A Thousand Words
It's very difficult to focus on the good these days, and I'm struggling to hold both truth and positivity in balance. I don't want to live in denial about how bad things are, and I especially don't want to lie. On the other hand, wailing in a corner tearing my hair out won't help anyone, and will make for a life not worth living. As Garrison Keillor once said, "He had to get a hold of himself, so as not to go crazy. Because there was too much time to be crazy in!"
There's definitely too much time to be crazy in.
So, in these times, I think the right thing to do is to keep a weather (heh) eye on the real, but not allow current events to trap you in their Medusa gaze. Because our current reality can freeze you in place, staring at that which makes you despair, unable to tear your eyes away. If you're not careful, you'll turn to stone. I've been mostly petrified for the last nine years.
So I thought we could do something a little different today. I've got some pictures that epitomize what I'd like the world to be. I thought I'd put one (or some) up and talk about what they mean to me, and then you all could, if you want, share pictures that represent what *you* would like to see in the world.
So here's one of my favorite pictures:
It's from the set of the movie The Blues Brothers. I have loved that movie since I was an adolescent. I didn't realize then that the project was Aykroyd's way of re-popularizing classic blues, because I didn't realize blues had become unfashionable. (Sort of like, much later, I didn't realize J.K. Rowling was re-popularizing reading books. I didn't see how either reading or breathing could be unfashionable.) In fact, blues had, at the time, become so unfashionable that Aykroyd and John Landis (the director) were able to afford a star-studded cast, filled with actual blues legends, that they probably could not have assembled in one place if those legends hadn't fallen on hard times.
I also appreciated that the movie pointed a sharp and critical finger at the right-wing swing of our culture. The backstory was that Jake and Elwood Blues had grown up in a Catholic orphanage. At the beginning of the movie, they find out the orphanage is going to be closed down unless the impoverished institution can pay its tax bill. Neither the Catholic Church nor the government nor anybody else has any interest in keeping an orphanage going, preferring to make money off selling the real estate. So the two blues musicians (and criminals) take it upon themselves to raise the tax money and keep the orphanage doors open.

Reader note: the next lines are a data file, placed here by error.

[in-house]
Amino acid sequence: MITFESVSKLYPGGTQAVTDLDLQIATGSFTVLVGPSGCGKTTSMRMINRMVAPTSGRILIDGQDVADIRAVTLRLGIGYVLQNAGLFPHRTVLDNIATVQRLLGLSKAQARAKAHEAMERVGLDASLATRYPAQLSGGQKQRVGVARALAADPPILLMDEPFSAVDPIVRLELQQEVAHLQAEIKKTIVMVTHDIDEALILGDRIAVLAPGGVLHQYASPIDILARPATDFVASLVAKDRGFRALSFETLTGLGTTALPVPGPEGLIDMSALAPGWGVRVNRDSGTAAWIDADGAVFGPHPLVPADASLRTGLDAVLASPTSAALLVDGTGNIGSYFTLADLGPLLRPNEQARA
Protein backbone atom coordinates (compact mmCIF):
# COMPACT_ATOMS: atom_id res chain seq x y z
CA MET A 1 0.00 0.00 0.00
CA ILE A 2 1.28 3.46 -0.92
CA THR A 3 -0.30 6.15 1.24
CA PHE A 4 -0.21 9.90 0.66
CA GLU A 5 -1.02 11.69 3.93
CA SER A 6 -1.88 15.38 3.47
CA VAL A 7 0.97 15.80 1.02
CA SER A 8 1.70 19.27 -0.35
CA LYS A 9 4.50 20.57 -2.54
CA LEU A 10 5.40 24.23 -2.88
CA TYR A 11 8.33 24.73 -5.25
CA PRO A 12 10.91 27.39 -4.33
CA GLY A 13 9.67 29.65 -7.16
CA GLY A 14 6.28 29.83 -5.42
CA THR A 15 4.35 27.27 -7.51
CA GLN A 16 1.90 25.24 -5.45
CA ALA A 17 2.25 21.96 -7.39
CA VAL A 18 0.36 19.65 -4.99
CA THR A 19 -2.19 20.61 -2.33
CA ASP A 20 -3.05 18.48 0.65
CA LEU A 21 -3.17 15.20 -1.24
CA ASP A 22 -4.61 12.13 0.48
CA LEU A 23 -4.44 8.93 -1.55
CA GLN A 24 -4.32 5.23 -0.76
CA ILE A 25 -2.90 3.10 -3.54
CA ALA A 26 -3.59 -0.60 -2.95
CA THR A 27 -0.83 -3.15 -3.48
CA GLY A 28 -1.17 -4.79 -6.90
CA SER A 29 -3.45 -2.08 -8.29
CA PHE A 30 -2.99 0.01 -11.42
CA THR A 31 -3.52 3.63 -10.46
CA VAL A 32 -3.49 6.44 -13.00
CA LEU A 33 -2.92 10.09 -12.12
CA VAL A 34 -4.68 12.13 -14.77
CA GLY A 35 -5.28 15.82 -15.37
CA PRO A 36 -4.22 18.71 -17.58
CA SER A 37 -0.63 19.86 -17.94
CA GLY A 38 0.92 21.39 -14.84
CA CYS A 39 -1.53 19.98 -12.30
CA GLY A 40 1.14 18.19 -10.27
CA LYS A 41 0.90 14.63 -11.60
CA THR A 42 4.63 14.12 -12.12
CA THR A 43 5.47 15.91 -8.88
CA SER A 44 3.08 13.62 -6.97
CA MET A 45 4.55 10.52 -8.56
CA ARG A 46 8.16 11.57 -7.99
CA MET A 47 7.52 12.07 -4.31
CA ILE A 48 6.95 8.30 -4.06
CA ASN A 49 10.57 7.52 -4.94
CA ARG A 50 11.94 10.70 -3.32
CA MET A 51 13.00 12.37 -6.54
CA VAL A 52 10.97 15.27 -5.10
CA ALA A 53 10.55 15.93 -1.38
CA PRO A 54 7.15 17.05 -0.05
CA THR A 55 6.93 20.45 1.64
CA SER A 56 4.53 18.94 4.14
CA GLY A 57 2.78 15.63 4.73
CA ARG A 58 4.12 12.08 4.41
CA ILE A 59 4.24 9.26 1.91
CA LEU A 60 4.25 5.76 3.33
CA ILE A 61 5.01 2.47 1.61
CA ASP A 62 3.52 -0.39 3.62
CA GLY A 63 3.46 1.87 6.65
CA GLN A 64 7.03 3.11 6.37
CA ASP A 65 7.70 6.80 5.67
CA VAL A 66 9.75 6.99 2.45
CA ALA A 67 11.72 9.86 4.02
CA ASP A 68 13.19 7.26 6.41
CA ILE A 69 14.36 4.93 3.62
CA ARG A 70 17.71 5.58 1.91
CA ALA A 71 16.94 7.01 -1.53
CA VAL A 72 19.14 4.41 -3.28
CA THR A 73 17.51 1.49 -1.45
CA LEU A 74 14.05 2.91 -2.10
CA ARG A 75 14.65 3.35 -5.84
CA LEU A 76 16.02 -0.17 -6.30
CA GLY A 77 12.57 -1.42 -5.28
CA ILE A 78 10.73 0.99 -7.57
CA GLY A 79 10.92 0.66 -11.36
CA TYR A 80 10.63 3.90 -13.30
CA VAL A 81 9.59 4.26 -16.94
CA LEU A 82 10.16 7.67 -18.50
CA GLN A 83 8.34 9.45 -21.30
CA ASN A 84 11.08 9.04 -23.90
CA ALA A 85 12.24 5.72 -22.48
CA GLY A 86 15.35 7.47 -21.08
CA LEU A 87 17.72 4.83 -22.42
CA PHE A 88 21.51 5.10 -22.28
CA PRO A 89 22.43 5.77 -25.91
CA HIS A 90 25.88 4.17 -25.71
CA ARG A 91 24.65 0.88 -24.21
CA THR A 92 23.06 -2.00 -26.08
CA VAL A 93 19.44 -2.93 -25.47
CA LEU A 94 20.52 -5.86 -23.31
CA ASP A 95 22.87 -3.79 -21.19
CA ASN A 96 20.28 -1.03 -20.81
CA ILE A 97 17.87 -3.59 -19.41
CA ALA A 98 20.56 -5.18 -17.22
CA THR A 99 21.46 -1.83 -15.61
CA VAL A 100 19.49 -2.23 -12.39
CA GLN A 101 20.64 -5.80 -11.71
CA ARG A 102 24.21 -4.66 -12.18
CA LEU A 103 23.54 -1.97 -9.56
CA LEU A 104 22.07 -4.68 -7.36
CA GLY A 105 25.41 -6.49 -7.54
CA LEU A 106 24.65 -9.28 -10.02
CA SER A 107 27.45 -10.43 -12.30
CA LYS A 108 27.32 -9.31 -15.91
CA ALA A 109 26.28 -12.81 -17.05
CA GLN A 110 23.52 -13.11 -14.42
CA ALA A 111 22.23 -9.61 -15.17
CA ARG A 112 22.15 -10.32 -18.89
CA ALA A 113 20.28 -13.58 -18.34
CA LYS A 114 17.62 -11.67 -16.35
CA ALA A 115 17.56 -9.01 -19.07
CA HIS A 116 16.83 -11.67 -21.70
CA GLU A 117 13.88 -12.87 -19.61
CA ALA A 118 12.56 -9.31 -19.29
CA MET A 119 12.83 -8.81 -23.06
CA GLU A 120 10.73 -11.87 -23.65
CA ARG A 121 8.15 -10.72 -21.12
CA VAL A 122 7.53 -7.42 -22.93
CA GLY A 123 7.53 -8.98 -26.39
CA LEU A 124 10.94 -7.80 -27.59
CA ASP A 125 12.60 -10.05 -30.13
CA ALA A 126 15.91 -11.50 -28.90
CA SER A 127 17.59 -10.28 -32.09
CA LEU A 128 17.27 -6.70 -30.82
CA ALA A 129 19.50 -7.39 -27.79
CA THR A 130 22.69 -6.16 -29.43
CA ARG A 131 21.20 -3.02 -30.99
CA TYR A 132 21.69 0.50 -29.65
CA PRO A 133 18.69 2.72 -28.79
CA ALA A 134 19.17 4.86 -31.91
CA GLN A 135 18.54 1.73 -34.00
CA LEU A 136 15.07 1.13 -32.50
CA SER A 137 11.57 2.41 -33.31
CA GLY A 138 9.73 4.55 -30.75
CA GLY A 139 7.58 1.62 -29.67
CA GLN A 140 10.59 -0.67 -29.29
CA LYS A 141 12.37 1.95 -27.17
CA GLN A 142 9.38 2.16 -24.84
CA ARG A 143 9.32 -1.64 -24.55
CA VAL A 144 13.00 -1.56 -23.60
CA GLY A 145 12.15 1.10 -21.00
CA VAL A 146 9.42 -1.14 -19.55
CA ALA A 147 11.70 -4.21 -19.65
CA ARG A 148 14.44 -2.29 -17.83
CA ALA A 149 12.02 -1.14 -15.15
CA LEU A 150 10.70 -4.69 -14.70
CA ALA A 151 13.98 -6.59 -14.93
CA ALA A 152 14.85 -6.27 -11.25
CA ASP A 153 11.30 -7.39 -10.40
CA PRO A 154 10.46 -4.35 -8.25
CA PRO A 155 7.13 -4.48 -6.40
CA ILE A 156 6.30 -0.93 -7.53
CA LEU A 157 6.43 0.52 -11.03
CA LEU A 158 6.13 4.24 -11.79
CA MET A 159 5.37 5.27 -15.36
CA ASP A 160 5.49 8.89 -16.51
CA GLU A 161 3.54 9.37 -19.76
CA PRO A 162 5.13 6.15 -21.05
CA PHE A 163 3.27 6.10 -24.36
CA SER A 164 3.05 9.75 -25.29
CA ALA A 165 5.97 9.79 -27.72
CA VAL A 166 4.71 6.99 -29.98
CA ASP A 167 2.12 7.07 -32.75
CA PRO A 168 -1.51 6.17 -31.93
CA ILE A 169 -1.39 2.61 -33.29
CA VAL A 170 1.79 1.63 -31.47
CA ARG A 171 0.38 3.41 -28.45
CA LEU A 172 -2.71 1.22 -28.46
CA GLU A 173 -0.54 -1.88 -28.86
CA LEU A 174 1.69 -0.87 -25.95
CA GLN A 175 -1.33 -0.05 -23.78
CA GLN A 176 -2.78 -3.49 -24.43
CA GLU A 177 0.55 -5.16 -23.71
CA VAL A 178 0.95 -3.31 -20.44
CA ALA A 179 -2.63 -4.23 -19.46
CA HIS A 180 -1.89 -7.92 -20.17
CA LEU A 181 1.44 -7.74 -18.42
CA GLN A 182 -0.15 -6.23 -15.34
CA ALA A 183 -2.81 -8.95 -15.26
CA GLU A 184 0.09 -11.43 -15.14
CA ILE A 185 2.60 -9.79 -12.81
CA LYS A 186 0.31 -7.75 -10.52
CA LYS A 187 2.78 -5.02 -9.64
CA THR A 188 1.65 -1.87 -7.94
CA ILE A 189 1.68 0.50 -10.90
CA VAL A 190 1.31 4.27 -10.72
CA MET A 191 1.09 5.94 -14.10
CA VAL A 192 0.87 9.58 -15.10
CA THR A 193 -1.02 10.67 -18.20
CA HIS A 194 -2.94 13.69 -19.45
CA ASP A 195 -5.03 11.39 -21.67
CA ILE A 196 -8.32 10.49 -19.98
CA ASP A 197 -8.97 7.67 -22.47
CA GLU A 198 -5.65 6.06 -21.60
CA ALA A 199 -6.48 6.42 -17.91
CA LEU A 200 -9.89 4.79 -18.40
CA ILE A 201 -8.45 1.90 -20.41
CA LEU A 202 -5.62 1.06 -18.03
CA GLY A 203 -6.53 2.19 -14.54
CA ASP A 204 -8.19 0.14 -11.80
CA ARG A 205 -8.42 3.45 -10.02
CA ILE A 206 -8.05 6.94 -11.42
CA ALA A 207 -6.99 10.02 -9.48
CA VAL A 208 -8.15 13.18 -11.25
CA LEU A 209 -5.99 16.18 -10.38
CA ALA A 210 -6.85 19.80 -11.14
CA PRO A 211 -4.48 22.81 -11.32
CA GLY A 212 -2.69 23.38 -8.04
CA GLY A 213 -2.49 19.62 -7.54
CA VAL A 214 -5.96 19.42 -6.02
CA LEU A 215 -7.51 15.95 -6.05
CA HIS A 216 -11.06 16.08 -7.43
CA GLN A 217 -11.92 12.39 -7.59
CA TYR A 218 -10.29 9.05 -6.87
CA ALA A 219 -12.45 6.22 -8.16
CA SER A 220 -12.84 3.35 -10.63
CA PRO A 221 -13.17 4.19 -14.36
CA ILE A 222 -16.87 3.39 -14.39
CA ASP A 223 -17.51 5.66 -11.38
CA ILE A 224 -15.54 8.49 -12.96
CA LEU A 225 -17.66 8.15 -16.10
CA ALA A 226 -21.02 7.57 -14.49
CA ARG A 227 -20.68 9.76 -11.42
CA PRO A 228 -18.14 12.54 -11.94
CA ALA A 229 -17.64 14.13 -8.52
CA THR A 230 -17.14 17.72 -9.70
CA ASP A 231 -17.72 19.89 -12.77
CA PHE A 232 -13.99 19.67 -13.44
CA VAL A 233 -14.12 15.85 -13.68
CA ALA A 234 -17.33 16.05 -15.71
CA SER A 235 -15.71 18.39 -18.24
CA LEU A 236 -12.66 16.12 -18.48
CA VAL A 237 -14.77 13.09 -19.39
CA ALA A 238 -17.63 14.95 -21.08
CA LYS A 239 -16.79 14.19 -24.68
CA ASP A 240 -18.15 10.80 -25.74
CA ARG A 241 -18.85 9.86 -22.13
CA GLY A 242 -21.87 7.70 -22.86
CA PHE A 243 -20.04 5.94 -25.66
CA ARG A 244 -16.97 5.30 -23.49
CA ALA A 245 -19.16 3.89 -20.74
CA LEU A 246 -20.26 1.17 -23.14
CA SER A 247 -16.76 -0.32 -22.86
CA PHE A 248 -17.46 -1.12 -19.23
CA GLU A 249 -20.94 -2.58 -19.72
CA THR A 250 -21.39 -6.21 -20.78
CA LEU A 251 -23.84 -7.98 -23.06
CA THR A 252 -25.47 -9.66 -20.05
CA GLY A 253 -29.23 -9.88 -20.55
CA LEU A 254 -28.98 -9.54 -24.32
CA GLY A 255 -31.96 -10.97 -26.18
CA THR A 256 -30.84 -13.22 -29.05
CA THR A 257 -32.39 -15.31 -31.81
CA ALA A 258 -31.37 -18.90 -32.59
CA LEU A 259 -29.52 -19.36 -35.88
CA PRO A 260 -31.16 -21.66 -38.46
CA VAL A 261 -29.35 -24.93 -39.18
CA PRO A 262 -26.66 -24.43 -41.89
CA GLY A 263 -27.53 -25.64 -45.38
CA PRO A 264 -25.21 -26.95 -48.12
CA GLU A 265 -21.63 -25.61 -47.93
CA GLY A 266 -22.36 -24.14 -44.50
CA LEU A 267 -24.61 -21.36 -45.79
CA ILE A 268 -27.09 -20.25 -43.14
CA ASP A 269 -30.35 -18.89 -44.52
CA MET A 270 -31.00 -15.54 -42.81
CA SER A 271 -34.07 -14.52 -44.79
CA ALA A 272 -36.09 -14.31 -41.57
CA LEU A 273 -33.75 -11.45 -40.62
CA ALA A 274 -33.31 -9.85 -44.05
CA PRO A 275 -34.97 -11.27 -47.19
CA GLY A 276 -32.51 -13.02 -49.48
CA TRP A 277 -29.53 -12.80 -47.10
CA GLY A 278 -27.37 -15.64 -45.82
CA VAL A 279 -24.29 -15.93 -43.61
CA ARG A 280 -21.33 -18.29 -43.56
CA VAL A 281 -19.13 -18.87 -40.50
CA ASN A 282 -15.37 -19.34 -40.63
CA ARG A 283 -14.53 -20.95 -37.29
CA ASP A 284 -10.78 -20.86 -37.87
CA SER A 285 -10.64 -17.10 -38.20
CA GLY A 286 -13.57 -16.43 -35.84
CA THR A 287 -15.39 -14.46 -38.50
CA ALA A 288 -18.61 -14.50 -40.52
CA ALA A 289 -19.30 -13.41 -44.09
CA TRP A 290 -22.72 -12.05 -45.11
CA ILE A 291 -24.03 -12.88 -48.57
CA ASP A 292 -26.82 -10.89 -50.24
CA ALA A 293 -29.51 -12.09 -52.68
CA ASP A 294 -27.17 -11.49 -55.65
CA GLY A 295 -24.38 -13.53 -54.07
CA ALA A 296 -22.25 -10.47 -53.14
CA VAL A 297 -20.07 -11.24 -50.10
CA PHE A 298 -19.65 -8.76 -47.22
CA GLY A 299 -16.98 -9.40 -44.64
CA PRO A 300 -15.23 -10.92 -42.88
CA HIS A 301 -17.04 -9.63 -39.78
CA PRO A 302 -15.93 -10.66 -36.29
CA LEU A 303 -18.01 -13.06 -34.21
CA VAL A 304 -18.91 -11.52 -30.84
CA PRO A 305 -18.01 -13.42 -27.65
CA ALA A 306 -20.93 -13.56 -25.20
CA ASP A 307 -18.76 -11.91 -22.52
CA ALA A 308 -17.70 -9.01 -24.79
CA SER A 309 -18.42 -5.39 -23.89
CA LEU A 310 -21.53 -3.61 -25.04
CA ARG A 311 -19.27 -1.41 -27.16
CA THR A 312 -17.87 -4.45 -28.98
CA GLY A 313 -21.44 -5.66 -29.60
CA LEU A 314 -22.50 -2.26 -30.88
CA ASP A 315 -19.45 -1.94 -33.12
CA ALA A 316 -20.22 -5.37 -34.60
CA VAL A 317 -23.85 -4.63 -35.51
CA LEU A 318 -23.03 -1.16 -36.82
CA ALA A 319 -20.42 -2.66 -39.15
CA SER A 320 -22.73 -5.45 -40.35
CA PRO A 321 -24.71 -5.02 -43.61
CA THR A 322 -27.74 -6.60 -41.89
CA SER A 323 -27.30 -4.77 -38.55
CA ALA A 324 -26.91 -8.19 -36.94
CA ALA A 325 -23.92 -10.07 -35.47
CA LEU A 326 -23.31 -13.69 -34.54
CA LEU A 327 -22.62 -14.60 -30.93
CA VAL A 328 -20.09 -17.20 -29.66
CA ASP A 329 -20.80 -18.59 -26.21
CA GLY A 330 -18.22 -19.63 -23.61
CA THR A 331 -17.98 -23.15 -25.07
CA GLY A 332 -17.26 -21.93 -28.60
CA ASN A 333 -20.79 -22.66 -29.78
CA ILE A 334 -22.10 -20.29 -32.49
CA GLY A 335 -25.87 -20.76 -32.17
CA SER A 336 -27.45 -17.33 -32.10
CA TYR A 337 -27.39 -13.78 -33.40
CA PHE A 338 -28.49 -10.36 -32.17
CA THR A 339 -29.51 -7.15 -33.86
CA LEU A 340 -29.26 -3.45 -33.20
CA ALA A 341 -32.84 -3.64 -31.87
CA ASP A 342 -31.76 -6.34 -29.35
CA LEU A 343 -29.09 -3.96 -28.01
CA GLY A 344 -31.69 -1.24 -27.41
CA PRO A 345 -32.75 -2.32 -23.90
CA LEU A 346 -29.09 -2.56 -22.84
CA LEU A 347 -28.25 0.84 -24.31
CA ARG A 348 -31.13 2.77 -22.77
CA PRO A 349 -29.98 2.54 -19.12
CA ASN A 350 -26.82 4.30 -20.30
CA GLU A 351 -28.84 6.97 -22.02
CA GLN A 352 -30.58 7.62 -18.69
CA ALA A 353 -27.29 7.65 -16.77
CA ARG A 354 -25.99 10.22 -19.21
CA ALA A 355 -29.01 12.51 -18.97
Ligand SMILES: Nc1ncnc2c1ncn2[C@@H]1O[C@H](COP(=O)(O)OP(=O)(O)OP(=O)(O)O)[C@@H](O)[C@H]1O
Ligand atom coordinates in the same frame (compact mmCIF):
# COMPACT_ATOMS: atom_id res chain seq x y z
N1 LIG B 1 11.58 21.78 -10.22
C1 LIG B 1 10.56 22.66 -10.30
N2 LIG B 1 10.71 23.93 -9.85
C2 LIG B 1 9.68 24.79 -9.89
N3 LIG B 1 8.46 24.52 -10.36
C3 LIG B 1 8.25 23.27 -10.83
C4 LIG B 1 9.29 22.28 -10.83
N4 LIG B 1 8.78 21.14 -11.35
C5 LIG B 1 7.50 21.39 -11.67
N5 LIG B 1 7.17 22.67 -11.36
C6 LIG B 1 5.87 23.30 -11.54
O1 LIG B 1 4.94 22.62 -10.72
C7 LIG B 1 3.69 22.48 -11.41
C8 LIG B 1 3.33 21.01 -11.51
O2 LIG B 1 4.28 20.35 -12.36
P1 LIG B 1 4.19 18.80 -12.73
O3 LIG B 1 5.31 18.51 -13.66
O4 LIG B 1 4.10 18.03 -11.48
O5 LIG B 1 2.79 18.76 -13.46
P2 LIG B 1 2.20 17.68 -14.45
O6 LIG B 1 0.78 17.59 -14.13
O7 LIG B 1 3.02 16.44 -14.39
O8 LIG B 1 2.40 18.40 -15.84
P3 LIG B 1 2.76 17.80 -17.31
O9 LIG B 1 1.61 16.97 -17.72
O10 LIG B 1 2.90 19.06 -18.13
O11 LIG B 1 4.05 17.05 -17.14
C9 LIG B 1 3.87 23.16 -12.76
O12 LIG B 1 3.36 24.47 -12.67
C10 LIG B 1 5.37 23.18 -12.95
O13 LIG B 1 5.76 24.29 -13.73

But here's the place where the fiction of the movie and real life intersect:
John Landis filmed this on Maxwell St in Chicago. There has always been something about the place and the people in that scene that compels me. Everything is so real, and the place so clearly bears the mark of the people who live there. It expresses them, not some rich white landlord or government, and not some corporate bastard. I don't romanticize the poverty shown here; it would be great if some of those buildings were not burned-out wrecks. Neither do I deny the rich history of intimidation and graft that existed in the Maxwell St Market. But the people Landis caught on film clearly have a neighborhood, and a community, that belongs to them.
This, on the other hand, is what Maxwell St looks like today, after gentrification, a word whose etymology reveals its noxiousness:
Defenders of this kind of urban planning note the complete lack of poverty, dirt and mess. There certainly isn't any poverty. There aren't any poor people either. And it's not because they suddenly became rich.
My picture, then, shows two white guys, artists and performers, who appreciated and respected the talent and work of black people; they used their fame to break through the insulation of white America and portray these musicians--and the people who were their first and best audiences--with true respect, and in so doing, they brought blues back from the shadowy unfashionable hinterland into which it was being driven back in the 1970s. It's too bad that they could not do the same for the actual community of Maxwell St. Their depiction of it was honest and respectful in the best sense, without either condescension or idealization, and it's unfortunate that the best they could do was make a record of the place that would, within fifteen years, become erased and replaced with a paean to profit that reflects the souls, sensibilities, transactions and customs of no one.
In most places, I would be called reactionary and racist for saying so, but I want more Maxwell St Markets in the world. And let me be clear, I don't need Maxwell St to be impoverished or quaint. It would be fine with me if those buildings I see in Landis' film were fixed up and if the people who lived there got better pay. What I like about the Maxwell St Market is that it was a locality: a place where physical geography intersects with the lives of those who live there, where the place reflects the feelings, desires, experiences, transactions, and customs of those who live there, as well as those who lived there before. After the gentrifiers come through, a place that once expressed the lives and history of a community expresses nothing but the fact that someone, somewhere, wanted to make a profit, and several other people wanted to pat themselves on the back for being able to afford high land prices.
What would you like to see more of in the world?
Show me your pictures.